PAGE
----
DaVinci and Filmlight are the reference standards.

I’d suggest that perhaps you skip a generational loss and shoot on a digital camera that supports a low level log curve. This brings with it the perceptual encoding compression that film has, while sacrificing data granularity that a purely linear sensor offers. They do this by low level voltage trickery and other alchemy, but the net sum is that you get a batch of data with a log-like curve to it, and a large latitude compared to sensors that are set to a purely linear recording.

Sony offers a few, that are affordable for some and rentable for others.

From there, you can take the data and transform it into an agnostic colour space of your choosing and lay film-like 3D LUTs atop of it that carefully model film’s crosstalk and intensity curves.

Just a thought, but I’m reasonably sure you will find it quite rewarding, as well as skipping all the silly bits of needing a Domino printer etc.

You aren’t going to be able to escape this on some level. For example, that Sony camera that shoots to SLog? Yes, it has a proprietary software wedge to get the content out. Arri too. As does every other vendor.

Once you are in the digital domain however, you are rather fortunate to be surrounded by visual effects companies that have open sourced a good chunk of their lower level pipeline bits so that you can follow those flows.

You might be interested in following the Apertus project, which seeks to make a camera free of the above caveats, but it too would come with design caveats.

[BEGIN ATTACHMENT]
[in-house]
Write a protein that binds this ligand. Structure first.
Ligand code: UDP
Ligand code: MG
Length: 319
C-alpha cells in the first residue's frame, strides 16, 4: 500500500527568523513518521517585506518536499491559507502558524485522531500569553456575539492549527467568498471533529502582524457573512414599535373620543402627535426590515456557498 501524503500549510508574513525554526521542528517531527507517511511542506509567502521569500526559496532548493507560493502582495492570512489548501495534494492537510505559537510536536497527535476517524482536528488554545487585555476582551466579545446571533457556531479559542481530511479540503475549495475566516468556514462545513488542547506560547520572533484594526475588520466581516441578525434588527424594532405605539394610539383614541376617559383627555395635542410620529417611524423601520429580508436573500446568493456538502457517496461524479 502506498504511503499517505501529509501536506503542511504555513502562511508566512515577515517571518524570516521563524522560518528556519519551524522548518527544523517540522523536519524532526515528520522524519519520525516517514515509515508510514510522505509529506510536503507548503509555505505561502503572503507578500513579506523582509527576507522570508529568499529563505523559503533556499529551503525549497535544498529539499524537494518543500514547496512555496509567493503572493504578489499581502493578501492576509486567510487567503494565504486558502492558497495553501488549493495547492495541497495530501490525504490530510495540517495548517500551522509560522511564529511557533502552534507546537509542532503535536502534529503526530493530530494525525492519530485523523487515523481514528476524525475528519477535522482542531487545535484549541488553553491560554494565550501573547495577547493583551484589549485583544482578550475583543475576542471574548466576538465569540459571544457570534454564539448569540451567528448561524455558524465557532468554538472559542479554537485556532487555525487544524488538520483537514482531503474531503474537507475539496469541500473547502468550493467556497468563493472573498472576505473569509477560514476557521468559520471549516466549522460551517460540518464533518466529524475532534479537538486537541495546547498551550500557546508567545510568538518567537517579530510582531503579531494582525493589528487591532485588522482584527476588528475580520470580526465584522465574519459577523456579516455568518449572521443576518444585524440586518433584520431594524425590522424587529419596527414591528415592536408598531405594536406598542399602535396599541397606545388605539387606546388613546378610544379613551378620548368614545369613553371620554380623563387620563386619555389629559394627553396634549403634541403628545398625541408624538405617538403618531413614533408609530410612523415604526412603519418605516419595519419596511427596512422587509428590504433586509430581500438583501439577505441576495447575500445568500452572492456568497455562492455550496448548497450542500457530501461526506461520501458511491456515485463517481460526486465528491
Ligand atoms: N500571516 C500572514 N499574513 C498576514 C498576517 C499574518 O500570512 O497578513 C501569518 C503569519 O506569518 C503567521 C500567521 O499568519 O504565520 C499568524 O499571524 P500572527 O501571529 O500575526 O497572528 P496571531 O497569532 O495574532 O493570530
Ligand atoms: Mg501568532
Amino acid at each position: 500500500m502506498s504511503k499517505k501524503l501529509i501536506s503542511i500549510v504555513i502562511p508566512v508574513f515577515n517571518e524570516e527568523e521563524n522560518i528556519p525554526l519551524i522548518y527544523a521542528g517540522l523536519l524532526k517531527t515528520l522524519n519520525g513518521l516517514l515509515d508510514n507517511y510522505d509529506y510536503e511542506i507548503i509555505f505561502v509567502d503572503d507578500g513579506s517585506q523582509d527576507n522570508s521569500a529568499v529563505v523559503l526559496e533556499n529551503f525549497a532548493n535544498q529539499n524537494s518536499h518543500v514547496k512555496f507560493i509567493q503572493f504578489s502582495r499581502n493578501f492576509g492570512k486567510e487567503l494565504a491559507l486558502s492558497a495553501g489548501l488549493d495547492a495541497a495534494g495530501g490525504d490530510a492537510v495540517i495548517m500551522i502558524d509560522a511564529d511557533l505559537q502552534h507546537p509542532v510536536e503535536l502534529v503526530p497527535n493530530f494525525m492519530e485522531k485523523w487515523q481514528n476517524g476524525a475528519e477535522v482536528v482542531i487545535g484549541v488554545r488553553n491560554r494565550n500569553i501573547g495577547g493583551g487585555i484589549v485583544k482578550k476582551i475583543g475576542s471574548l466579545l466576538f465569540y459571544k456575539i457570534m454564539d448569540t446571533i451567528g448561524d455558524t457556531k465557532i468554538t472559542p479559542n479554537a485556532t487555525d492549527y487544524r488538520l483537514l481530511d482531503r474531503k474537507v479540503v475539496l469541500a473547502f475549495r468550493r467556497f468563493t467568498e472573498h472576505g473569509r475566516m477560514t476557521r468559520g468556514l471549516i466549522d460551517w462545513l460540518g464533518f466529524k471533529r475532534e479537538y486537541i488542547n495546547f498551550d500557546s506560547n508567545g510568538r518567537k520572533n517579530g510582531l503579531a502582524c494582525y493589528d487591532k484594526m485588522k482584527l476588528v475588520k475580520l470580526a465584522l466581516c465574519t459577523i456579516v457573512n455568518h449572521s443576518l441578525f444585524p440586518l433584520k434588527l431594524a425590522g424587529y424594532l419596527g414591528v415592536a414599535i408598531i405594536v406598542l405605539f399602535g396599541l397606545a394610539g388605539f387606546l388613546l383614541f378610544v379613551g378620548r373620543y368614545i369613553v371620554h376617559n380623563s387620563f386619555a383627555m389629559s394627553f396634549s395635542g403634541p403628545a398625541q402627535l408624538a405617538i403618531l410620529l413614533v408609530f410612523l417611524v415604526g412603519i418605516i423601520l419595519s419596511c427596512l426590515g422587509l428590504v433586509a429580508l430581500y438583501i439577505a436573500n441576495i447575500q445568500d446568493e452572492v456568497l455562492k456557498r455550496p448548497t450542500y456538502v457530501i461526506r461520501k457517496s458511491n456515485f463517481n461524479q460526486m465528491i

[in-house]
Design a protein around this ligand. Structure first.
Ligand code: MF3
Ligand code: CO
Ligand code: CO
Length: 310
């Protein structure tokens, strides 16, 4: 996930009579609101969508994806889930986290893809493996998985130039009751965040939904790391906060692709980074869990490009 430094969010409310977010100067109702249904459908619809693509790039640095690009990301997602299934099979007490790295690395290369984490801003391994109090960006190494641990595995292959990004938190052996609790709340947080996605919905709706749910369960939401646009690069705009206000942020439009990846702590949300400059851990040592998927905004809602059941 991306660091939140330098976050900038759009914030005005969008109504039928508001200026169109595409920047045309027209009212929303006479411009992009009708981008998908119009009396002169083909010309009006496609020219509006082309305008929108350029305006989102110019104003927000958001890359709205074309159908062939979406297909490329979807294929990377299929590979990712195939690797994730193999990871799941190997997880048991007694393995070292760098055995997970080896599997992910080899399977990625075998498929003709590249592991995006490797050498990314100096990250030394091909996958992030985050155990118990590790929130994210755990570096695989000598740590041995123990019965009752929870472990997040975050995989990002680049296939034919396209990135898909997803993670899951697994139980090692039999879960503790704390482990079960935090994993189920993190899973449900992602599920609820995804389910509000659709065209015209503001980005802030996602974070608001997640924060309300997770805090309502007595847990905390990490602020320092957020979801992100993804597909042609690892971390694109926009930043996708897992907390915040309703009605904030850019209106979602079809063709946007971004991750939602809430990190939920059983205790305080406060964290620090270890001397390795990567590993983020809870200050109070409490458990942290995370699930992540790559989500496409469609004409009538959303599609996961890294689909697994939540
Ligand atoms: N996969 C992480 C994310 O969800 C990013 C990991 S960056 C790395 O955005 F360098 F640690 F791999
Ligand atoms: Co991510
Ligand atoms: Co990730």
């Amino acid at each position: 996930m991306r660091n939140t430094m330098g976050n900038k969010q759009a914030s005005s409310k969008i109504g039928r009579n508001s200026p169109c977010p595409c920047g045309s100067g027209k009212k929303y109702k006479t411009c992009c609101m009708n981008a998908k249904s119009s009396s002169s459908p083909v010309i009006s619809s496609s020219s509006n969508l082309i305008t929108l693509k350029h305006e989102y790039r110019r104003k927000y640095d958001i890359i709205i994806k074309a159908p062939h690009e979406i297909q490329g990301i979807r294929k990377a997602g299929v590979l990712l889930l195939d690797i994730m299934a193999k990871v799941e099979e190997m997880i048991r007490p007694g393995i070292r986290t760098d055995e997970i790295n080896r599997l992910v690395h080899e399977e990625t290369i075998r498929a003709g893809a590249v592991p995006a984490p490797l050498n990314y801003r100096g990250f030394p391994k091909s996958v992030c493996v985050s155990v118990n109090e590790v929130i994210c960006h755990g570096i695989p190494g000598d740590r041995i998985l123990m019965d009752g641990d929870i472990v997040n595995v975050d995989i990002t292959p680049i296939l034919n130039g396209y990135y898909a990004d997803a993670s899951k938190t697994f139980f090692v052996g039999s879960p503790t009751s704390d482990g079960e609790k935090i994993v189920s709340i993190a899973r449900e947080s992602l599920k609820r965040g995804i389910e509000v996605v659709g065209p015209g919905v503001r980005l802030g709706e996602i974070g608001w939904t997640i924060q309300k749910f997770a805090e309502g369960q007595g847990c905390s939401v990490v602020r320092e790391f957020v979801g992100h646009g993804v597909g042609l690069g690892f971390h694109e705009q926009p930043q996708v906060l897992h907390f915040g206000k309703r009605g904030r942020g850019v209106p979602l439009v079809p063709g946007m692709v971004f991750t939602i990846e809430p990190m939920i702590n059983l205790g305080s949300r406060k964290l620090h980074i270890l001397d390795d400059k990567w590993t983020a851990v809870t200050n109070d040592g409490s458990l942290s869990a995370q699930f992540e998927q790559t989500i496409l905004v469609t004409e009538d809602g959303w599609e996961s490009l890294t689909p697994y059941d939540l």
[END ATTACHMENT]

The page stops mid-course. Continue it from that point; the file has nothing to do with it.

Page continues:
Feel free to email me directly if you feel you have a question or two that you don’t want to ask publicly. I’ll do my best to answer.

With respect,

Some very interesting reading in this thread!

Regarding Blenders internal color space I believe it uses rec709/sRGB primaries and white point. You will get a hint for it in color space comboboxes where “Linear” is described as “Rec.709 (Full Range) Blender native linear space”. Everything else that Blender understands (ACES, XYZ) will be transformed to this.

It would be possible to work in any other color space also by reading everything in as raw, doing your own linearisations etc and using proper viewer LUTs. Color pickers should be color space dumb, you get exactly what you punch in.

Instead of multiplying with 0.0000152587890625 divide with 65536.

There is a conversion of the inputs to a single float-binary value … XXX a tuple of floating-point values XXX … which is what passes through the entire pipeline before being translated back to the output.

Mathematically speaking, even if they present in the input-file as an n-tuple, they do not pass entirely through Blender’s pipeline as such an n-tuple. (That is to say, as the same tuple.) Therefore, the mathematical outcome might not be exactly the same as it would be, if it had been.

While this is acceptable for most projects, particularly given the compensation techniques described in earlier posts, it might not be appropriate for a project of your stated rigor. If your goal is to produce a reference chart (file …), these mathematical differences might be deal-breakers against the use of this pipeline.

I have no idea what you are on about.

If you learn a little about how colour / pixels work, and how OCIO was designed to be a no-op regarding reversible 1D transforms, all of this is just rubbish.

Kindly elaborate, please, regarding what is your exact point here, instead of dwelling upon what it is “I” might or might not “know.” You say that, “OCIO was designed to be a no-op regarding reversible 1D transforms?” What do you mean. (Or, cite some web-pages concerning what you mean.) Instead of sweeping my comment under a rug (without further commentary) as “just rubbish,” where and in what way did my comment so-frabjously err?

(And, hey, “Lawd knows I’ve said plenty o’ rubbish before.” I’m not offended. In fact, I’m all ears. And plenty of others might be, too.)